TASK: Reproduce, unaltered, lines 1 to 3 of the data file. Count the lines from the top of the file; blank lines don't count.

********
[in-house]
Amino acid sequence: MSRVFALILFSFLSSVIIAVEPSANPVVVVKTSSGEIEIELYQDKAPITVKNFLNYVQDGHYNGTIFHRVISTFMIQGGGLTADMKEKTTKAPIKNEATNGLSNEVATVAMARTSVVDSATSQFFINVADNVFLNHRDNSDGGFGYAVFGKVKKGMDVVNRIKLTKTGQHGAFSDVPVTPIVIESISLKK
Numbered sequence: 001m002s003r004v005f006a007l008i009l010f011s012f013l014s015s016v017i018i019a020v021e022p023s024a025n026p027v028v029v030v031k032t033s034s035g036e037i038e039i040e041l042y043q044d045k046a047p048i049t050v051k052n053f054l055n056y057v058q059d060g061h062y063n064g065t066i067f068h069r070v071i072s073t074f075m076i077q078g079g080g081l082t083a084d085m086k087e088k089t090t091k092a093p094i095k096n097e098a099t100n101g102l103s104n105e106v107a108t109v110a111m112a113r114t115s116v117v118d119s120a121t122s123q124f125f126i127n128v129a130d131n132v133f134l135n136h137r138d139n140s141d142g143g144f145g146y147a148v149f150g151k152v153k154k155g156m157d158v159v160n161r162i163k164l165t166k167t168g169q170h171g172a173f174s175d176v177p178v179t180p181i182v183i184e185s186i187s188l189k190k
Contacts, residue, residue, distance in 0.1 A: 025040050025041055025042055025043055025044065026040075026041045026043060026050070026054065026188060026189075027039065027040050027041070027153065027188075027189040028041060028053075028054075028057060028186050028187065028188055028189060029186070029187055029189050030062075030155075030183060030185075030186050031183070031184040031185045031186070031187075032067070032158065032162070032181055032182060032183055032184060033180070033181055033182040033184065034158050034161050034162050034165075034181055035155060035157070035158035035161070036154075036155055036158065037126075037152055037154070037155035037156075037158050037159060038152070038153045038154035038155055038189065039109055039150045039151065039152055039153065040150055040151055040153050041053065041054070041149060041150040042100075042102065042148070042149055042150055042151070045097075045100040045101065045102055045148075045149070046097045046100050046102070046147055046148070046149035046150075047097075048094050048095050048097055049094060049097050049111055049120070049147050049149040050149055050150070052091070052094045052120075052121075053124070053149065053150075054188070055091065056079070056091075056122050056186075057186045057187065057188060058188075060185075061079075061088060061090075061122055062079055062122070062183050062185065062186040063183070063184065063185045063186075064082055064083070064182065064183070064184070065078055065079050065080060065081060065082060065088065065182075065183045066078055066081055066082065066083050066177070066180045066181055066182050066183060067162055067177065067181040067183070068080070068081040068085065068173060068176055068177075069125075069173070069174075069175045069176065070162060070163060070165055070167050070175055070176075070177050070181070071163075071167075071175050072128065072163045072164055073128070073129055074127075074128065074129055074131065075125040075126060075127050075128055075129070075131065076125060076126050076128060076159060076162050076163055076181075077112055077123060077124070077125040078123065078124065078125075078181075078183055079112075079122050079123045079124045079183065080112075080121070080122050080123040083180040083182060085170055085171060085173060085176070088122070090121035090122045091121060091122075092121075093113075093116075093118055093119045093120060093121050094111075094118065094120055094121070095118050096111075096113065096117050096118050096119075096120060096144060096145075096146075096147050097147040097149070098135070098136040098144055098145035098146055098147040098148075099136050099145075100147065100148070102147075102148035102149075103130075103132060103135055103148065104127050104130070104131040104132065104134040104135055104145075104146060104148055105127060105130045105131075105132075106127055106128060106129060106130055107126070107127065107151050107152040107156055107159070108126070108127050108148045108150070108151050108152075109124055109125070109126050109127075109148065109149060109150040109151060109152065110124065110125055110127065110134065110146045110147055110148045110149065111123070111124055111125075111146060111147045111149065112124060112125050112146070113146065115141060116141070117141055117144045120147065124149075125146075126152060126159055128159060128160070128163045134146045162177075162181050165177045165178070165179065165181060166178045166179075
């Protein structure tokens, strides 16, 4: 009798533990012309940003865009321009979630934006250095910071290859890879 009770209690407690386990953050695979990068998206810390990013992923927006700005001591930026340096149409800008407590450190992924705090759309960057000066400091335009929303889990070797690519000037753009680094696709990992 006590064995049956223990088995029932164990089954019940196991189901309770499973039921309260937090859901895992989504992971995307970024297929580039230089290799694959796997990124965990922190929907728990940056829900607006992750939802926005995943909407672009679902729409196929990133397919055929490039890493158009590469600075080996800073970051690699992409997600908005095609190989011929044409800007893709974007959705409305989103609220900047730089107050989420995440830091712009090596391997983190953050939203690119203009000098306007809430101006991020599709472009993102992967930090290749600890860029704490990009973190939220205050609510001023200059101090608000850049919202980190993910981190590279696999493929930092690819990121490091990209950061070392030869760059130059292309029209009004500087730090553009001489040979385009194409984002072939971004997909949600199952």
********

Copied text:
[in-house]
Amino acid sequence: MSRVFALILFSFLSSVIIAVEPSANPVVVVKTSSGEIEIELYQDKAPITVKNFLNYVQDGHYNGTIFHRVISTFMIQGGGLTADMKEKTTKAPIKNEATNGLSNEVATVAMARTSVVDSATSQFFINVADNVFLNHRDNSDGGFGYAVFGKVKKGMDVVNRIKLTKTGQHGAFSDVPVTPIVIESISLKK
Numbered sequence: 001m002s003r004v005f006a007l008i009l010f011s012f013l014s015s016v017i018i019a020v021e022p023s024a025n026p027v028v029v030v031k032t033s034s035g036e037i038e039i040e041l042y043q044d045k046a047p048i049t050v051k052n053f054l055n056y057v058q059d060g061h062y063n064g065t066i067f068h069r070v071i072s073t074f075m076i077q078g079g080g081l082t083a084d085m086k087e088k089t090t091k092a093p094i095k096n097e098a099t100n101g102l103s104n105e106v107a108t109v110a111m112a113r114t115s116v117v118d119s120a121t122s123q124f125f126i127n128v129a130d131n132v133f134l135n136h137r138d139n140s141d142g143g144f145g146y147a148v149f150g151k152v153k154k155g156m157d158v159v160n161r162i163k164l165t166k167t168g169q170h171g172a173f174s175d176v177p178v179t180p181i182v183i184e185s186i187s188l189k190k